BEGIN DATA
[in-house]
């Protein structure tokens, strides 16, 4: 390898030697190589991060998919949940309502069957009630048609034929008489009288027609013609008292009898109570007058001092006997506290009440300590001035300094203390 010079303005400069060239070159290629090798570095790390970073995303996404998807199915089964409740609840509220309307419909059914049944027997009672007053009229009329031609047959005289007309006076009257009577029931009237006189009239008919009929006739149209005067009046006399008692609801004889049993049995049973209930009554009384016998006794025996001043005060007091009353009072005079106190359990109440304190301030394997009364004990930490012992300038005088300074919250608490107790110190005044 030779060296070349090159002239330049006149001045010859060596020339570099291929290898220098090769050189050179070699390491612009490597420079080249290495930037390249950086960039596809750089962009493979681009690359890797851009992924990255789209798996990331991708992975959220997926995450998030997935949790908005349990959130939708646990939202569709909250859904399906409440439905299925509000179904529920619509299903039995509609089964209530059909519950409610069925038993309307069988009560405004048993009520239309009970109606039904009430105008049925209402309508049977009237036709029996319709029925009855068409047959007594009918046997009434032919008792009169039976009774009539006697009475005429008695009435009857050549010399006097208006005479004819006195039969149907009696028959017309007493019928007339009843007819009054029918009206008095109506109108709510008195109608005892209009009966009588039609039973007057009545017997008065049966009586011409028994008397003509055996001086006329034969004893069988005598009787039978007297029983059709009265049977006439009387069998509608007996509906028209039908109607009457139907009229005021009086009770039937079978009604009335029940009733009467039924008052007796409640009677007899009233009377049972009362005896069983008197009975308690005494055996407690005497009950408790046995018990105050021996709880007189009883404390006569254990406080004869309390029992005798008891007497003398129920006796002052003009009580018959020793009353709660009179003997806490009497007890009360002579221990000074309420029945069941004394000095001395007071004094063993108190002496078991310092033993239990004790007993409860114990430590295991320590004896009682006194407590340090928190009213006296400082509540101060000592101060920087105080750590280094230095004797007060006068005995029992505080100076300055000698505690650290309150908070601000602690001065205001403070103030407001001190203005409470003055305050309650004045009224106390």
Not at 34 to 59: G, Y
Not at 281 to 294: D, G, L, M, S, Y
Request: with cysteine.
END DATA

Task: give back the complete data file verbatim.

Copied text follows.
[in-house]
């Protein structure tokens, strides 16, 4: 390898030697190589991060998919949940309502069957009630048609034929008489009288027609013609008292009898109570007058001092006997506290009440300590001035300094203390 010079303005400069060239070159290629090798570095790390970073995303996404998807199915089964409740609840509220309307419909059914049944027997009672007053009229009329031609047959005289007309006076009257009577029931009237006189009239008919009929006739149209005067009046006399008692609801004889049993049995049973209930009554009384016998006794025996001043005060007091009353009072005079106190359990109440304190301030394997009364004990930490012992300038005088300074919250608490107790110190005044 030779060296070349090159002239330049006149001045010859060596020339570099291929290898220098090769050189050179070699390491612009490597420079080249290495930037390249950086960039596809750089962009493979681009690359890797851009992924990255789209798996990331991708992975959220997926995450998030997935949790908005349990959130939708646990939202569709909250859904399906409440439905299925509000179904529920619509299903039995509609089964209530059909519950409610069925038993309307069988009560405004048993009520239309009970109606039904009430105008049925209402309508049977009237036709029996319709029925009855068409047959007594009918046997009434032919008792009169039976009774009539006697009475005429008695009435009857050549010399006097208006005479004819006195039969149907009696028959017309007493019928007339009843007819009054029918009206008095109506109108709510008195109608005892209009009966009588039609039973007057009545017997008065049966009586011409028994008397003509055996001086006329034969004893069988005598009787039978007297029983059709009265049977006439009387069998509608007996509906028209039908109607009457139907009229005021009086009770039937079978009604009335029940009733009467039924008052007796409640009677007899009233009377049972009362005896069983008197009975308690005494055996407690005497009950408790046995018990105050021996709880007189009883404390006569254990406080004869309390029992005798008891007497003398129920006796002052003009009580018959020793009353709660009179003997806490009497007890009360002579221990000074309420029945069941004394000095001395007071004094063993108190002496078991310092033993239990004790007993409860114990430590295991320590004896009682006194407590340090928190009213006296400082509540101060000592101060920087105080750590280094230095004797007060006068005995029992505080100076300055000698505690650290309150908070601000602690001065205001403070103030407001001190203005409470003055305050309650004045009224106390």
Not at 34 to 59: G, Y
Not at 281 to 294: D, G, L, M, S, Y
Request: with cysteine.